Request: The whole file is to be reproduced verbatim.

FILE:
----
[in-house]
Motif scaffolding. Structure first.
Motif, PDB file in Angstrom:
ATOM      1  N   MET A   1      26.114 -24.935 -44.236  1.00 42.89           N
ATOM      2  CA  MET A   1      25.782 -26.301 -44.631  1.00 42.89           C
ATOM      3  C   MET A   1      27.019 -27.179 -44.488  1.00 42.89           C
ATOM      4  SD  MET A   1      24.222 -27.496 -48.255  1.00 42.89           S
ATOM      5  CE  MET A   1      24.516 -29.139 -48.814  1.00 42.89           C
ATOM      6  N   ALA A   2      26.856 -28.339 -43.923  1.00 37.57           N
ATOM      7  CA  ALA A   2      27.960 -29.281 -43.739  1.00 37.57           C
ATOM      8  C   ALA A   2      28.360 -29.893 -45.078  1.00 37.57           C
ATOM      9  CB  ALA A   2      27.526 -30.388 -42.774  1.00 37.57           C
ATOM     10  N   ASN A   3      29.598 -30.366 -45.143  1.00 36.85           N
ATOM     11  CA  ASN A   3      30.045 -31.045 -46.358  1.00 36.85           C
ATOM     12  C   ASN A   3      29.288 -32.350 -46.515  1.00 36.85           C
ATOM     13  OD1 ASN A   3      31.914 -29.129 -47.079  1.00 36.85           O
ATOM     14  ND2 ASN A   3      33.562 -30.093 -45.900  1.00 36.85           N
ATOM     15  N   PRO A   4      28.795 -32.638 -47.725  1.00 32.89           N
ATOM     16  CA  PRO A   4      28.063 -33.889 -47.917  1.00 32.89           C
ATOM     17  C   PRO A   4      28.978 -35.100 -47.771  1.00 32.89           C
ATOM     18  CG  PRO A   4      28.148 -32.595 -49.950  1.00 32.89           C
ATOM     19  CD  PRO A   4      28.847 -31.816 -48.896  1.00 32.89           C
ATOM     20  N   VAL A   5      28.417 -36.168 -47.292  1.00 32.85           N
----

[in-house]
Motif scaffolding. Structure first.
Motif, PDB file in Angstrom:
ATOM      1  N   MET A   1      26.114 -24.935 -44.236  1.00 42.89           N
ATOM      2  CA  MET A   1      25.782 -26.301 -44.631  1.00 42.89           C
ATOM      3  C   MET A   1      27.019 -27.179 -44.488  1.00 42.89           C
ATOM      4  SD  MET A   1      24.222 -27.496 -48.255  1.00 42.89           S
ATOM      5  CE  MET A   1      24.516 -29.139 -48.814  1.00 42.89           C
ATOM      6  N   ALA A   2      26.856 -28.339 -43.923  1.00 37.57           N
ATOM      7  CA  ALA A   2      27.960 -29.281 -43.739  1.00 37.57           C
ATOM      8  C   ALA A   2      28.360 -29.893 -45.078  1.00 37.57           C
ATOM      9  CB  ALA A   2      27.526 -30.388 -42.774  1.00 37.57           C
ATOM     10  N   ASN A   3      29.598 -30.366 -45.143  1.00 36.85           N
ATOM     11  CA  ASN A   3      30.045 -31.045 -46.358  1.00 36.85           C
ATOM     12  C   ASN A   3      29.288 -32.350 -46.515  1.00 36.85           C
ATOM     13  OD1 ASN A   3      31.914 -29.129 -47.079  1.00 36.85           O
ATOM     14  ND2 ASN A   3      33.562 -30.093 -45.900  1.00 36.85           N
ATOM     15  N   PRO A   4      28.795 -32.638 -47.725  1.00 32.89           N
ATOM     16  CA  PRO A   4      28.063 -33.889 -47.917  1.00 32.89           C
ATOM     17  C   PRO A   4      28.978 -35.100 -47.771  1.00 32.89           C
ATOM     18  CG  PRO A   4      28.148 -32.595 -49.950  1.00 32.89           C
ATOM     19  CD  PRO A   4      28.847 -31.816 -48.896  1.00 32.89           C
ATOM     20  N   VAL A   5      28.417 -36.168 -47.292  1.00 32.85           N